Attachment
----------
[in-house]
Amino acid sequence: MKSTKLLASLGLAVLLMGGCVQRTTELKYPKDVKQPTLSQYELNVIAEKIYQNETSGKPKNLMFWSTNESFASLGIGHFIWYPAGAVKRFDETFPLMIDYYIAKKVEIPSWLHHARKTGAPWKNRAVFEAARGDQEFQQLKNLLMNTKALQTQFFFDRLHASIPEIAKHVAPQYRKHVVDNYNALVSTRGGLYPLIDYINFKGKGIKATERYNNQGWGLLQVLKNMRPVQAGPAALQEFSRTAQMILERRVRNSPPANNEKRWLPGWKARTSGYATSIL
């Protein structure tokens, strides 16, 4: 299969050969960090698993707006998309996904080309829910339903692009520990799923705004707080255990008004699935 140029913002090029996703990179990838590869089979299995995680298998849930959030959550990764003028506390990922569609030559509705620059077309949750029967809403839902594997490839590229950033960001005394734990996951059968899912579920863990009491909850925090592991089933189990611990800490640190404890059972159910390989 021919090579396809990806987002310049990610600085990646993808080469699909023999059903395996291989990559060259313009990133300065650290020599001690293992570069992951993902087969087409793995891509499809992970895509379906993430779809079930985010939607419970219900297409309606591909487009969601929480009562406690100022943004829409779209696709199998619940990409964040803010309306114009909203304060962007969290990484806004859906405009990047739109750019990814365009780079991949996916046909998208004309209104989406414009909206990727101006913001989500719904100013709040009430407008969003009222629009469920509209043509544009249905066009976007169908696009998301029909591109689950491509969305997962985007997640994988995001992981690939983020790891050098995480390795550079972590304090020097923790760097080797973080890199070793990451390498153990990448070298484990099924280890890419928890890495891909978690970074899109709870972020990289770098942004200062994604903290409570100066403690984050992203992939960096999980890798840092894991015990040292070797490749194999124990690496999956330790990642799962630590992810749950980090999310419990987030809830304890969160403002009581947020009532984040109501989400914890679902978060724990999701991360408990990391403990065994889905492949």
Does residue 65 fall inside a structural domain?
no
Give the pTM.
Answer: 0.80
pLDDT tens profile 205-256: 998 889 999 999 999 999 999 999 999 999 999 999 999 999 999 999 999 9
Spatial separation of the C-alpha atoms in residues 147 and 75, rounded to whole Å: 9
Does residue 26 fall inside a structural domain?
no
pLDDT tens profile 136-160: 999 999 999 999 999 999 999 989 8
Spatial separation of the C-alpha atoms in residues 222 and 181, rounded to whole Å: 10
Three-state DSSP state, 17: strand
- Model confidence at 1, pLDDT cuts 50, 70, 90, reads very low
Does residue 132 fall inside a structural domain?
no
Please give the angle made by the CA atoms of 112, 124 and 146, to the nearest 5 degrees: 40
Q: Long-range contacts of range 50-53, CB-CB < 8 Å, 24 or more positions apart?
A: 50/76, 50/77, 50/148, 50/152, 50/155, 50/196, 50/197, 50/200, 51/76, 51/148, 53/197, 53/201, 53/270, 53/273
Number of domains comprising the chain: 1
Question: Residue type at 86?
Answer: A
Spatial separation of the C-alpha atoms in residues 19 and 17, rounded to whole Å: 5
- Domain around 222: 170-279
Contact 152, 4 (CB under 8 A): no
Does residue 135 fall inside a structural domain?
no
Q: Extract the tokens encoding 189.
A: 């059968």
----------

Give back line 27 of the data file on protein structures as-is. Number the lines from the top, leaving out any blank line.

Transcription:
Does residue 135 fall inside a structural domain?